The fact of the cuts in the public sector is important for trade unionism, because the rate of unionisation in the public sector is twice as high worker for worker as in the private sector.
Cuts in the public sector mean cuts in trade unionism. Privatisation means cuts in trade unionism.
To the extent that there is a shift from manual to white collar employment, it also means a cut in trade unionism. Of course, we are absolutely right to stress that most white collar workers are workers. But the rate of unionisation of white collar workers is considerably smaller than manual workers.
White-collar workers are by and large less militant than manual workers. It is a fact that NALGO workers are not as tough as the NUM in terms of their ability to fight.
People talk about shop steward organisation – shop stewards are appearing but on a much smaller scale. The density of shop stewards in white collar areas is still much less than among manual workers.
More important they relate much less to the rank and file than do manual workers. You still find the phenomenon in schools of school reps who are headmasters.
In the NALGO branches you find that in a branch of six, eight, ten thousand members the branch committee is nearly all managers, that is people who have control over the opportunity of those below to rise in the scale. And you find quite a lot of alienation among the rank and file towards the leadership of the NALGO branches.
The new industries, industries which are terribly important for us in terms of the future – if anyone looks to Slough, Swindon, Reading, Oxford, looks at the new electronics industries generally – they will see that the new industries are much less unionised than the old ones.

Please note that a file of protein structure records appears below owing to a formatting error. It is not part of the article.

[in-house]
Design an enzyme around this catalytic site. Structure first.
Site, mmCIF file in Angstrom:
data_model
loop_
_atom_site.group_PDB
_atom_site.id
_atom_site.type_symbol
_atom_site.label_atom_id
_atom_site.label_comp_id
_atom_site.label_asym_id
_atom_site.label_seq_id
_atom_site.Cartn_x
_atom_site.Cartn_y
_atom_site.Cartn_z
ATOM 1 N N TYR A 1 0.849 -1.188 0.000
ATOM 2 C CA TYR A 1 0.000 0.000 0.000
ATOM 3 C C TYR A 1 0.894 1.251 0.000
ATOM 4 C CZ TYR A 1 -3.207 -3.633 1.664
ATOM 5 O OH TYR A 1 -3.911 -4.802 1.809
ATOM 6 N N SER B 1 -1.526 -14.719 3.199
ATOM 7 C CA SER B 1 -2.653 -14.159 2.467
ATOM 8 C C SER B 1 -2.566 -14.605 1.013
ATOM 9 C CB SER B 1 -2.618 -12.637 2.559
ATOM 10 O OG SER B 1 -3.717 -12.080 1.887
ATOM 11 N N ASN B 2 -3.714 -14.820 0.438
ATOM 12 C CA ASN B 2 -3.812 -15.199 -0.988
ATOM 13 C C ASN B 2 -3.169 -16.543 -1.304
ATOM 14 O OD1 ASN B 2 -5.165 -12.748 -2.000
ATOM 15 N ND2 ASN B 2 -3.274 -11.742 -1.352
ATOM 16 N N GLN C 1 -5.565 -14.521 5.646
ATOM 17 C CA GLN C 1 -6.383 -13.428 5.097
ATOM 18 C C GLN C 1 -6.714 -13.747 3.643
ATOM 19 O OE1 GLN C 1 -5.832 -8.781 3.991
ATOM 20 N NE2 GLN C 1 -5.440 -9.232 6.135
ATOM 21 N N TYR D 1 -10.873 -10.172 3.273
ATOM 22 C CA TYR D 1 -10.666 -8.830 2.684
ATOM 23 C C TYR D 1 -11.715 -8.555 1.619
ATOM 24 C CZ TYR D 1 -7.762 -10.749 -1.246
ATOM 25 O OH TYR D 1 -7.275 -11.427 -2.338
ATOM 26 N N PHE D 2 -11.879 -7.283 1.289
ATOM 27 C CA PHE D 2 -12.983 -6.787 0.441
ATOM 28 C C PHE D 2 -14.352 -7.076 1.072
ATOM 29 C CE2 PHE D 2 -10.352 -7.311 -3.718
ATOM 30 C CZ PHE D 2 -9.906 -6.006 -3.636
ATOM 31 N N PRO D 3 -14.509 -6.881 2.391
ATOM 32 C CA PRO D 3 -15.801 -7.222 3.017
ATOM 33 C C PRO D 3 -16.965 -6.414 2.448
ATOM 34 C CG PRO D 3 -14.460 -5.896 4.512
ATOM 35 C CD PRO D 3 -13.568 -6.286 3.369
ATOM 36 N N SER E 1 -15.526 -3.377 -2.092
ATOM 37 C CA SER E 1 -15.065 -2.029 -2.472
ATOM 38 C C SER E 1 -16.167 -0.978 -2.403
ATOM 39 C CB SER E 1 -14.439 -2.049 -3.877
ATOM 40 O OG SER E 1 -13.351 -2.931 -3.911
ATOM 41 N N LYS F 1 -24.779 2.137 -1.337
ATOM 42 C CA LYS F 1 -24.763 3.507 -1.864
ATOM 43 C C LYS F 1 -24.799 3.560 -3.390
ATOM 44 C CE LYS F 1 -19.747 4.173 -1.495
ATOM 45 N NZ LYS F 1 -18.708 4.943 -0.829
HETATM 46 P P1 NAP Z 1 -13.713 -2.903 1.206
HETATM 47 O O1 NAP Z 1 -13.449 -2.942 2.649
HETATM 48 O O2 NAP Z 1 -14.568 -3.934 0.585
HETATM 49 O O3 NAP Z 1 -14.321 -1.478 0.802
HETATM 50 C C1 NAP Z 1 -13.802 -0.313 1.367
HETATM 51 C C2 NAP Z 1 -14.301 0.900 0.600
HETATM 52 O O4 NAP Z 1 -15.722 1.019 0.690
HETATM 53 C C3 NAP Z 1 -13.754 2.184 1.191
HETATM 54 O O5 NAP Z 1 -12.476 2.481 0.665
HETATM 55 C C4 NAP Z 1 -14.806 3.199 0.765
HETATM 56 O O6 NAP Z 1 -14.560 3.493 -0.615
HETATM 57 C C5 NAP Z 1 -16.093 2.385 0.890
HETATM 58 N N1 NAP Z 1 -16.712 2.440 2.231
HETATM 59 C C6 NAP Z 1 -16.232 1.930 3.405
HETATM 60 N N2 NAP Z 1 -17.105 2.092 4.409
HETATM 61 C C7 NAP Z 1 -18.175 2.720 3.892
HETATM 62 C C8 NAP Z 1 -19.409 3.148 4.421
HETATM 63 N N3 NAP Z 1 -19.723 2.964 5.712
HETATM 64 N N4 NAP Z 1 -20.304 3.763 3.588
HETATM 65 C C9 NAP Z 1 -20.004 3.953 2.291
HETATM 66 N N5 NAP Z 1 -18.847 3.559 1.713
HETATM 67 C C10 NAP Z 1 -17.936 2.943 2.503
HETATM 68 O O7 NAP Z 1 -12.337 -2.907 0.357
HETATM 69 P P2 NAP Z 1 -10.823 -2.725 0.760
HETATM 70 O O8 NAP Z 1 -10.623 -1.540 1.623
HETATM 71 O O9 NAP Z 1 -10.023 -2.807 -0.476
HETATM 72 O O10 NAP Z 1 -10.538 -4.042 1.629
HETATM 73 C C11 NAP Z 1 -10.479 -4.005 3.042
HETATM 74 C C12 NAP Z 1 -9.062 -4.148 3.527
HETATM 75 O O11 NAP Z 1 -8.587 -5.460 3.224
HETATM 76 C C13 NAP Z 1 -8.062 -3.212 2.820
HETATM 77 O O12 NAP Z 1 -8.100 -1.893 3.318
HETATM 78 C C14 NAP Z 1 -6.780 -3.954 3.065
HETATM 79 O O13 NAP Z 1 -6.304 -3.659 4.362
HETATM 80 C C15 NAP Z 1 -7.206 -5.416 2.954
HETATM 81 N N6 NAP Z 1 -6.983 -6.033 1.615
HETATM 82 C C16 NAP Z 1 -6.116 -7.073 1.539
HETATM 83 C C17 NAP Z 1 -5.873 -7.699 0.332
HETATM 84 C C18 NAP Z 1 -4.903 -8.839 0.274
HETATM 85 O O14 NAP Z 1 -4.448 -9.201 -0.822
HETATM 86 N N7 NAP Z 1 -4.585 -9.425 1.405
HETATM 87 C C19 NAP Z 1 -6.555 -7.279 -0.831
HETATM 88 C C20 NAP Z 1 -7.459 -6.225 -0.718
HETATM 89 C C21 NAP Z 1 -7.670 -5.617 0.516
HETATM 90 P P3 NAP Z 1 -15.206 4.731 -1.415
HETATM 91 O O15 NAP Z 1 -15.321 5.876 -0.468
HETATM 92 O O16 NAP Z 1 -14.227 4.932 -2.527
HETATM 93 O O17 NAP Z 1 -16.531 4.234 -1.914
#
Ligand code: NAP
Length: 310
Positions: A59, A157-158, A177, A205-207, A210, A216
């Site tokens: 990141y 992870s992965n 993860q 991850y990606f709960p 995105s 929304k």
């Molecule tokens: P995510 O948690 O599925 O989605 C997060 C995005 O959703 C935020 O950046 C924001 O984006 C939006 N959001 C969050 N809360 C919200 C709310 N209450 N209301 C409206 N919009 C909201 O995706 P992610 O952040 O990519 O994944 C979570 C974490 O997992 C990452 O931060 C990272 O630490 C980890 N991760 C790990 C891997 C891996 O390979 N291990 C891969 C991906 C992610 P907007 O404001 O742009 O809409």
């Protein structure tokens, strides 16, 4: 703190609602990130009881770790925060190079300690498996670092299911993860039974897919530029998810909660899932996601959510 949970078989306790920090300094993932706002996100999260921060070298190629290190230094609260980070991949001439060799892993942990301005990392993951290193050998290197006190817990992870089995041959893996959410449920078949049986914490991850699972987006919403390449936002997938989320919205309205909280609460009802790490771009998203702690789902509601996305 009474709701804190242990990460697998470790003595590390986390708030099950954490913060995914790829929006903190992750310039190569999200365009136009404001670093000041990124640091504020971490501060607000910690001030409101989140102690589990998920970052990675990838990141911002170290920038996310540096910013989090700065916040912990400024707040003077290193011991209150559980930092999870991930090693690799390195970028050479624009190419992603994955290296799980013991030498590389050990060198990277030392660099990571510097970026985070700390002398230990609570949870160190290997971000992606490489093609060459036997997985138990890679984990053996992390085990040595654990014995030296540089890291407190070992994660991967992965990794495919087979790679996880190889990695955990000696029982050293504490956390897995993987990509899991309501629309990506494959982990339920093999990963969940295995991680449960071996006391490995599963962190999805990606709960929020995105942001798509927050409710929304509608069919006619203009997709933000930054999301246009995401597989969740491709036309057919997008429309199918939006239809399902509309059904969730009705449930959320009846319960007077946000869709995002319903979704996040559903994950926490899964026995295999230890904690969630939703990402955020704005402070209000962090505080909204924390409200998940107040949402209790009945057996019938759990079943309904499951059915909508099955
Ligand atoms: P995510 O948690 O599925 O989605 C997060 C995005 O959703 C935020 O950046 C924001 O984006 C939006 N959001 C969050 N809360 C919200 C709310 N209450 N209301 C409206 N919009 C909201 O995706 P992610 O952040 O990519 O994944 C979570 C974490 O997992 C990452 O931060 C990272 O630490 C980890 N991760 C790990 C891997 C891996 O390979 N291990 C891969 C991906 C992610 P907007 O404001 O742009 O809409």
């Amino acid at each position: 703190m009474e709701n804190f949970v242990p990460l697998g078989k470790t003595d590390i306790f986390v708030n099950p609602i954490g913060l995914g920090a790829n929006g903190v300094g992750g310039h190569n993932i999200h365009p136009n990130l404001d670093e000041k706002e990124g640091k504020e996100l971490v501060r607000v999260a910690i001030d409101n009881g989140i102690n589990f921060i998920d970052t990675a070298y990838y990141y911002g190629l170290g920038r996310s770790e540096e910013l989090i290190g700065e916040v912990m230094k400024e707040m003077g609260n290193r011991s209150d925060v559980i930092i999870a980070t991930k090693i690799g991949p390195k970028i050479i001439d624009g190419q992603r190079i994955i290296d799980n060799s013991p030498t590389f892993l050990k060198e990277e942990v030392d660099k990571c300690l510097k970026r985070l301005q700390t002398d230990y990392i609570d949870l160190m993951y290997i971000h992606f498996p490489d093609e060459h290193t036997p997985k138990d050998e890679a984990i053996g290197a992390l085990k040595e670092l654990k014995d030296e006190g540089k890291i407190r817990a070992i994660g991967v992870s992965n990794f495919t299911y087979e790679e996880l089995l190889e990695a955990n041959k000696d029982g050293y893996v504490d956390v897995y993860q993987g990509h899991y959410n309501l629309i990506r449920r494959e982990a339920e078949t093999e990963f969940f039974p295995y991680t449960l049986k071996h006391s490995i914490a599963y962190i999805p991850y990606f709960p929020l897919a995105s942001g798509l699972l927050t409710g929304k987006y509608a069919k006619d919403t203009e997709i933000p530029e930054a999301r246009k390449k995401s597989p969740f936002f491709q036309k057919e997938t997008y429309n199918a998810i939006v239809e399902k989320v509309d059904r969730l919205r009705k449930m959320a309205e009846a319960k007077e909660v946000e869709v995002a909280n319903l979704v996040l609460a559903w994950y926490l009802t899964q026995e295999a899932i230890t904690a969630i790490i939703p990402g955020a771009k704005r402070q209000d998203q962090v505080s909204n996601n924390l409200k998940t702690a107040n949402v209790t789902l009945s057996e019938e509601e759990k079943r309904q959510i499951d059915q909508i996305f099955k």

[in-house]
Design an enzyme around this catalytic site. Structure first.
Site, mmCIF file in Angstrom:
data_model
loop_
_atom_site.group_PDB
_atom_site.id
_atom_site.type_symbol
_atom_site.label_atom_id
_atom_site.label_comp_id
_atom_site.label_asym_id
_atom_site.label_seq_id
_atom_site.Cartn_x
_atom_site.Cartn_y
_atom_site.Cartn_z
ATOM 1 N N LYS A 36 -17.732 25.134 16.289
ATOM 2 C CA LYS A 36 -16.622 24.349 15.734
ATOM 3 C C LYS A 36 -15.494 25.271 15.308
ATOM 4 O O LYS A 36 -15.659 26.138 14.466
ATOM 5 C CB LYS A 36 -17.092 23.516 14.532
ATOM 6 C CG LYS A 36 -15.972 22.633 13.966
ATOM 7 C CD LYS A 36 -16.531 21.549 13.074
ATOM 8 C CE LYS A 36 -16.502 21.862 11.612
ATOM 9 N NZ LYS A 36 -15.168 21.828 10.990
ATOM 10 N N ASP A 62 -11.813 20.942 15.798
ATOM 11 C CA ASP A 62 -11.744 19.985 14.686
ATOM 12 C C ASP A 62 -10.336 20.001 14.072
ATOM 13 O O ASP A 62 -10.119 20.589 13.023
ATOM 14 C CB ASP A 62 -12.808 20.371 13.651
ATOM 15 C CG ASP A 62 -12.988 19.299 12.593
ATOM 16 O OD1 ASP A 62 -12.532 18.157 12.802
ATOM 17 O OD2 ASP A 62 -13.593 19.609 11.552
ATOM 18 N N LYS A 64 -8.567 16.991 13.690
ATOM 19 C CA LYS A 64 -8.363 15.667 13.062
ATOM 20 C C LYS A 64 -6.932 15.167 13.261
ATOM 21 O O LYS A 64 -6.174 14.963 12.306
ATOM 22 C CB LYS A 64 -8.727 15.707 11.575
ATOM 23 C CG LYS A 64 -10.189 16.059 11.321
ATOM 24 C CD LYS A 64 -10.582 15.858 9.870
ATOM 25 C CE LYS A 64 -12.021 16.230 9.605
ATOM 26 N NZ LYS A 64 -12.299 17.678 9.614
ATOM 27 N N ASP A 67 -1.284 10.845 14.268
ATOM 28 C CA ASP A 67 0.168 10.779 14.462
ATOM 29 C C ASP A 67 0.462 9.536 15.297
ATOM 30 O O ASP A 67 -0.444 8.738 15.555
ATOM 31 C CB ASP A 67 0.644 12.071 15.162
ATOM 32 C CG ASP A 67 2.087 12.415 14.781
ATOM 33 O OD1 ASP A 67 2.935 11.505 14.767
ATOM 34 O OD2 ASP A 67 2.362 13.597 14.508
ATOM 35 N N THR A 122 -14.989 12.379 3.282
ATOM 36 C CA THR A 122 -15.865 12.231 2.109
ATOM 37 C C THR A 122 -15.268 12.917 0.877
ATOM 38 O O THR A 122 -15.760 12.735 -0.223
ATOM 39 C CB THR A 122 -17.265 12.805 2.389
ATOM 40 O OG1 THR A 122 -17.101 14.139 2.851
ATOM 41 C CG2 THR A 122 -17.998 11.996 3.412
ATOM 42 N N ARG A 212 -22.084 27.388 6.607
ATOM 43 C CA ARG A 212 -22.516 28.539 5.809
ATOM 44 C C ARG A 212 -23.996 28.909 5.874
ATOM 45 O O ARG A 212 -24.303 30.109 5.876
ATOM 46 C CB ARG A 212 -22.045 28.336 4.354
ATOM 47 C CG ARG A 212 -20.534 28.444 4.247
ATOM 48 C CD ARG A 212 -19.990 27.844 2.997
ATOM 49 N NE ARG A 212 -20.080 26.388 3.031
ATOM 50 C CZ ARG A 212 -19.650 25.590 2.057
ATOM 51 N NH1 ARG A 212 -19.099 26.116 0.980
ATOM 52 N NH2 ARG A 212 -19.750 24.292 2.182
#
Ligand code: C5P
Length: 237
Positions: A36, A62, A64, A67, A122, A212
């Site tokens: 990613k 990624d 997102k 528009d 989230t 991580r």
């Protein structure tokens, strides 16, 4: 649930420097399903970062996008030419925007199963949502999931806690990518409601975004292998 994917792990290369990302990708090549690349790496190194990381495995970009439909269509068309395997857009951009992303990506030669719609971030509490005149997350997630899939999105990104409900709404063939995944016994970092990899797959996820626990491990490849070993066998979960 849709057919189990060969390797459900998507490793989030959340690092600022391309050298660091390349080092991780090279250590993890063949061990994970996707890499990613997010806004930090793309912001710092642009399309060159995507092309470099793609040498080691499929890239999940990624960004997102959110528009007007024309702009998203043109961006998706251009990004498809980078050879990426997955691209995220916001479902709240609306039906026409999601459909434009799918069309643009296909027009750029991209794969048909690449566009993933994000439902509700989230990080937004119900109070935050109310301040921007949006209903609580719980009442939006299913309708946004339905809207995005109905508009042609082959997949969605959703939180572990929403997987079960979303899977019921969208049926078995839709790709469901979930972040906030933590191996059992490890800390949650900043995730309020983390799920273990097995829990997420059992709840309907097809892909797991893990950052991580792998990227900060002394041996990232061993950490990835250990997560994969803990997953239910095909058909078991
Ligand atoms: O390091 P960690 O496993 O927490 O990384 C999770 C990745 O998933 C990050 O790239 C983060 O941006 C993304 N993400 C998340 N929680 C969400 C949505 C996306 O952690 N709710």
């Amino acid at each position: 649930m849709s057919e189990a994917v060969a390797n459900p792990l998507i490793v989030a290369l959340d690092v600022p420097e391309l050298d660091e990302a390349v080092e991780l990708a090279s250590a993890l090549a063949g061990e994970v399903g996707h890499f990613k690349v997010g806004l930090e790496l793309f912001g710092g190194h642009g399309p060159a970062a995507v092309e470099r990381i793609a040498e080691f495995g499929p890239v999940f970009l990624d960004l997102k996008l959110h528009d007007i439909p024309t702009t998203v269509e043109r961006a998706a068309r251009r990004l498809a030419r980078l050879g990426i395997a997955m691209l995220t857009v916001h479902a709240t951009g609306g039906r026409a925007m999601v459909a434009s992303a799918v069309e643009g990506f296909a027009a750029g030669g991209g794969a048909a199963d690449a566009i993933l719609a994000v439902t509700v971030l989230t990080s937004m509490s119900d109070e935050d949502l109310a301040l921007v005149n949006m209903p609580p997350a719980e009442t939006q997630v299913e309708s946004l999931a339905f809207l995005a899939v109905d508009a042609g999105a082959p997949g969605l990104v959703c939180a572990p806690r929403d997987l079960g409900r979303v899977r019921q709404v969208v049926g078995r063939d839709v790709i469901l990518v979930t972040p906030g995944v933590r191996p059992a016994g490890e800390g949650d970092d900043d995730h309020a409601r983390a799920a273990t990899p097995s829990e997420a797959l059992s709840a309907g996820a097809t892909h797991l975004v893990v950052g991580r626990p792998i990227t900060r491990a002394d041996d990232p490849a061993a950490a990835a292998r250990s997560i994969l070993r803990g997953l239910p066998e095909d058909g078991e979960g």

Why? The main reason is the size of those industries. There is a direct proportion, by and large, between the size of the enterprise and the level of unionisation. In factories of 2,000 or more workers, unionisation is massive. In factories of 500, unionisation is big. In factories of 50, unionisation is very low.
For workers to move from Labour to the Tories is a very difficult process. I’m not saying for individual workers – as a matter of fact more workers voted Tory than Alliance in the last election – but in terms of an organised move away from Labour, the SDP is extremely important.
When Shirley Williams says that fifteen trade unions agreed to discuss with the SDP I think she’s lying. I think she’s exaggerating the number. But the fact is that the Bakers union agreed to discuss with Dr Owen. By the way, the Bakers union is led by the Militant.
I don’t believe there are fifteen unions, two million members, but it is a symptom. And the reason is a very obvious one. When in the last election only 39 percent of trade unionists voted Labour, 32 percent voted Tory and 28 percent voted Alliance, then the arguments of Tebbit for the separation of Labour from the trade unions is there. Tebbit is cutting with the grain.